Citizenship codes and membership codes are something that our communities have the right to. We have the right to say who our citizens are. We have the right to say who our members are. In our codes, I guarantee you, we don't have sexual discrimination. Our women are the most important thing in our nations. Our women are the givers of life. They are the ones who we are supposed to be respecting. That a country that will this year will celebrate a 150th anniversary can still stand and say we can discriminate against women, I'm ashamed to say that.

For that reason, most first nations people will not be celebrating the 150th anniversary because this country still has not given our women fair rights. Sexual discrimination needs to stop. Stage one, stage two, how did we even come to the fact of saying we need to do stage two? Is discrimination discrimination?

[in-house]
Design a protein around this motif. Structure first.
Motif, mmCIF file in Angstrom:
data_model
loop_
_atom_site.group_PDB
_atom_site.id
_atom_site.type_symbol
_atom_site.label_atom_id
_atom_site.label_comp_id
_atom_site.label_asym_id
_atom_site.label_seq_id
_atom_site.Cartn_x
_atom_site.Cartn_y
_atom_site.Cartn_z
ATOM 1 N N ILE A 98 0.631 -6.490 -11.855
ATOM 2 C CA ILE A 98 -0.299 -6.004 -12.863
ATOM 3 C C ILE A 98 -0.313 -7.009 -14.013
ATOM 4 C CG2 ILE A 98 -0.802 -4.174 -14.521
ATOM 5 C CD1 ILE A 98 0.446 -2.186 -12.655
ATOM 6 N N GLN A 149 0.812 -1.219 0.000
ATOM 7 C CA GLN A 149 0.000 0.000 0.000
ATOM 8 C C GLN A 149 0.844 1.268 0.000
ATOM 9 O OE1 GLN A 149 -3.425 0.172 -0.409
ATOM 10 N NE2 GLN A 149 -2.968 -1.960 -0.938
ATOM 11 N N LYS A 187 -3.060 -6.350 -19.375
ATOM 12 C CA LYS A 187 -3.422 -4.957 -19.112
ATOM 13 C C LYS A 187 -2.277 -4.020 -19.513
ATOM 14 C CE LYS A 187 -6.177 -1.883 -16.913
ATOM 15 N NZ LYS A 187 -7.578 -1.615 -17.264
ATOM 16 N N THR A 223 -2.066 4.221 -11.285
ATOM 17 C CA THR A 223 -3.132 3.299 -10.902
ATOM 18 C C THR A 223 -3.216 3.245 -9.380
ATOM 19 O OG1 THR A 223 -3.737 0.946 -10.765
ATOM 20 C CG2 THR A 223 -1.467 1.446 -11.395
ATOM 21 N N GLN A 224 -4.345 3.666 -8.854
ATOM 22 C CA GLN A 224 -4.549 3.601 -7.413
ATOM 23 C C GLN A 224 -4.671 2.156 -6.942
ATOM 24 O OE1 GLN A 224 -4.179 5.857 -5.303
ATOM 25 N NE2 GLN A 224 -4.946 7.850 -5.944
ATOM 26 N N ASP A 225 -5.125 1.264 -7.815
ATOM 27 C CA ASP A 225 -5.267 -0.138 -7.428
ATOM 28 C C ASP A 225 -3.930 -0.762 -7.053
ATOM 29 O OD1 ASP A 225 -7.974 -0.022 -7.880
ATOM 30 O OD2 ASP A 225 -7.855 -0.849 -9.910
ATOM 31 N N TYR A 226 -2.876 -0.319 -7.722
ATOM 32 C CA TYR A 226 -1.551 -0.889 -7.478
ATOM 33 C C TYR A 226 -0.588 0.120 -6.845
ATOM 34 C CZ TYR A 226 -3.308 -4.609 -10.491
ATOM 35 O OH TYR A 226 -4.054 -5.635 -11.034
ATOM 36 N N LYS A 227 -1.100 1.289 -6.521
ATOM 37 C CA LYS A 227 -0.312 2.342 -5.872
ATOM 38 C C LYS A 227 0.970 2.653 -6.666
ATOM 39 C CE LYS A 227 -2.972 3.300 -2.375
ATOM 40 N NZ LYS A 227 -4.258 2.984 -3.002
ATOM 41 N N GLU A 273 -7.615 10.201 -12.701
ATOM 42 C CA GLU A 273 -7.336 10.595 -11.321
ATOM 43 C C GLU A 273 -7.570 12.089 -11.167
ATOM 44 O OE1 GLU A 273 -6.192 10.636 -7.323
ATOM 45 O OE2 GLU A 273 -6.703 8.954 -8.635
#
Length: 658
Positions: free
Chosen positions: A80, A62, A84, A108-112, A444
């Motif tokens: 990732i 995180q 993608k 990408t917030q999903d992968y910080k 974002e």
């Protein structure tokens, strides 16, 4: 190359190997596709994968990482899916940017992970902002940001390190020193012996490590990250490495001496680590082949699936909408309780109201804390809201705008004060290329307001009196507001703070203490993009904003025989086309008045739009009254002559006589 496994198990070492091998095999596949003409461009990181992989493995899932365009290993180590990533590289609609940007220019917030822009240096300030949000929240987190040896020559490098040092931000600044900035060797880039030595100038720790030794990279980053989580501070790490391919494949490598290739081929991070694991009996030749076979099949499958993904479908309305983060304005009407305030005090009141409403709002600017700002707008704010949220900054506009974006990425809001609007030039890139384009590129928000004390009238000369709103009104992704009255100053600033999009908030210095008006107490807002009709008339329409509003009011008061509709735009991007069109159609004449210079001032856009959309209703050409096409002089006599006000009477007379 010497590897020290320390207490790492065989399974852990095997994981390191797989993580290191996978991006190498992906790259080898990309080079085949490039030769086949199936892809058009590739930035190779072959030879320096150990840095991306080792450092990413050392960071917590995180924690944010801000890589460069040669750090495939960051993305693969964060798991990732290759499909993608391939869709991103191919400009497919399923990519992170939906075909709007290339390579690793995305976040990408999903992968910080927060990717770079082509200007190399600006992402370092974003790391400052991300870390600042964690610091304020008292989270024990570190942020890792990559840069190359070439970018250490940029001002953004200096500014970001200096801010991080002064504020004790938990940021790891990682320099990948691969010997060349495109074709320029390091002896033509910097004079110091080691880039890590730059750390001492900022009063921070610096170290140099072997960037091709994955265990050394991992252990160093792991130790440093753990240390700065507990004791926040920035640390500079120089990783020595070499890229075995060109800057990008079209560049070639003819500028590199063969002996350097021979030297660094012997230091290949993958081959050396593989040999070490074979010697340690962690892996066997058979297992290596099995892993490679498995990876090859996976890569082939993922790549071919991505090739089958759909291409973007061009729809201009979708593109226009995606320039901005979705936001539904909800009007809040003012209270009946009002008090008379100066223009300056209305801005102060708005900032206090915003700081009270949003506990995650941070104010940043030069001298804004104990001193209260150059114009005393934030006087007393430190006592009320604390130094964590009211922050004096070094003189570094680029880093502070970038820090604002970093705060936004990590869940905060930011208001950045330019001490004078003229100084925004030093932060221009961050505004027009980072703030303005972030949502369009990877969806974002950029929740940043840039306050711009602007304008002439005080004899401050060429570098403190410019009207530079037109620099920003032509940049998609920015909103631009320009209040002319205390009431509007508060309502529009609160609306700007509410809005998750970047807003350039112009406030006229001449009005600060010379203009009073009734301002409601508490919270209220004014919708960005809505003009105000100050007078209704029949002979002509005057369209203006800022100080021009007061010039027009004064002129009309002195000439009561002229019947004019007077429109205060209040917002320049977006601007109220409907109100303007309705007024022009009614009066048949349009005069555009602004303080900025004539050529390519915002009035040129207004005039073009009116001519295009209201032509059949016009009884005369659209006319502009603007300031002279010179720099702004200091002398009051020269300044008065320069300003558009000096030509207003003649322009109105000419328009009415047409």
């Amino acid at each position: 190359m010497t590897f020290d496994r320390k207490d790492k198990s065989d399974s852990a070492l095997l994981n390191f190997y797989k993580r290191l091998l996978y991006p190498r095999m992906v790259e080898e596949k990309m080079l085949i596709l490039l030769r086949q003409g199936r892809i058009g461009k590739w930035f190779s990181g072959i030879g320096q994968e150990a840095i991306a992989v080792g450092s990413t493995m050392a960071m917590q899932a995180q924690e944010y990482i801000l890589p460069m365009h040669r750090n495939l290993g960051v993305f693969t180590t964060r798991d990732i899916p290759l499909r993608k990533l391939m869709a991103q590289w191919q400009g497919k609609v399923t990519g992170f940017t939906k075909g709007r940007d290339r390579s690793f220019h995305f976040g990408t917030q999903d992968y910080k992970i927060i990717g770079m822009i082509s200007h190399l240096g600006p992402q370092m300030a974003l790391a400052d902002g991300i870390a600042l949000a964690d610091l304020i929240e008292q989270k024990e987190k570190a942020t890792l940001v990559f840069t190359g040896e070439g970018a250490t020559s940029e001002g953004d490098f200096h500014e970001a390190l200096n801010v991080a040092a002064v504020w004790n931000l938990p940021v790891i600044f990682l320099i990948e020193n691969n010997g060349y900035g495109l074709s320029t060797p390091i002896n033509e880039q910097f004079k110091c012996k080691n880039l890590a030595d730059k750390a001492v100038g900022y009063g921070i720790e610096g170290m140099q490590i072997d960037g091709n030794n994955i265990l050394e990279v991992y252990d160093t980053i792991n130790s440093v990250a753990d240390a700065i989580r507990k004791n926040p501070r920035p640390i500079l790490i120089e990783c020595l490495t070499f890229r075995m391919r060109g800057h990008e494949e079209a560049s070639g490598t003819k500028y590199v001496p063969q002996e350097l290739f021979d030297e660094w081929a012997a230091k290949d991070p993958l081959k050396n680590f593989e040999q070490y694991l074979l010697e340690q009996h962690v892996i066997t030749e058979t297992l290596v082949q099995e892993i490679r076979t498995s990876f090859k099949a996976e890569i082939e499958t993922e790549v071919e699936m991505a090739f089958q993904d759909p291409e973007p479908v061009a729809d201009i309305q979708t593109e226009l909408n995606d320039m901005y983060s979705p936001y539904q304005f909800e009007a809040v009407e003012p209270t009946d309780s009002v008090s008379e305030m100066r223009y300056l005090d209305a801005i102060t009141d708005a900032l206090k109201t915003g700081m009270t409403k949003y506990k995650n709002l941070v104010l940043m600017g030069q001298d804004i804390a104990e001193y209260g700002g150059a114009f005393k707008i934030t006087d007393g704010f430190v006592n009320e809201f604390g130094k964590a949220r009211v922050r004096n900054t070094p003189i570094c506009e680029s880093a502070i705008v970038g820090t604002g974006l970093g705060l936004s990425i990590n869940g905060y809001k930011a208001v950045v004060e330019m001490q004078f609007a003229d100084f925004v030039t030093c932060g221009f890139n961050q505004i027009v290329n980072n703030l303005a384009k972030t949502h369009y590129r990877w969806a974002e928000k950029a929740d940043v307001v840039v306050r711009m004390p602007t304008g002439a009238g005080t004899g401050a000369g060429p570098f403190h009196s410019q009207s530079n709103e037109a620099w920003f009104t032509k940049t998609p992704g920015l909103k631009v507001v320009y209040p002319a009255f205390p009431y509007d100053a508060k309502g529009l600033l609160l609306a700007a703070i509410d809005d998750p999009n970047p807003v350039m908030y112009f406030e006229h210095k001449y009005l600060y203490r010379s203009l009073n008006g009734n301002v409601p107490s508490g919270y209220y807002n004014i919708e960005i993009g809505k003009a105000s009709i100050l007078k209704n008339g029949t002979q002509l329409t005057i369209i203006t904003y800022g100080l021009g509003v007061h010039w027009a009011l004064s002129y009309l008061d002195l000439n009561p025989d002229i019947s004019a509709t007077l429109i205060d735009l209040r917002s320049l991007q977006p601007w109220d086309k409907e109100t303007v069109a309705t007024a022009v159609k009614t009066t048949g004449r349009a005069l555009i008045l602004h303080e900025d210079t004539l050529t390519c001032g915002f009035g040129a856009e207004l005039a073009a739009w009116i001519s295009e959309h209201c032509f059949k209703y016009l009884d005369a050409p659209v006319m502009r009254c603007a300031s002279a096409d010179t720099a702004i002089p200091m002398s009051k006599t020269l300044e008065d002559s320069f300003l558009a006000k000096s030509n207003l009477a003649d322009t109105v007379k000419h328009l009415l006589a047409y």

They say they have consulted with nations that don't want to have anything to do with this and they don't want the change. Under that logic, I could say, if I consult with 15 racist people, does that mean racism is okay? Consulting is fine, but it has nothing to do with the problem that we have at hand. This is their system. They put the discrimination in the system. They need to fix their system. Why does the system not want to be fixed? Let's all be honest, we all know, it's financial commitment. We all know this is about money. This is not about being native. This is not about who's Indian or who's not Indian, who has the right to live in my community and who doesn't have the right to live in my community. This is about dollars and cents. This is about obligation. Please, listen to what the Senate has to say.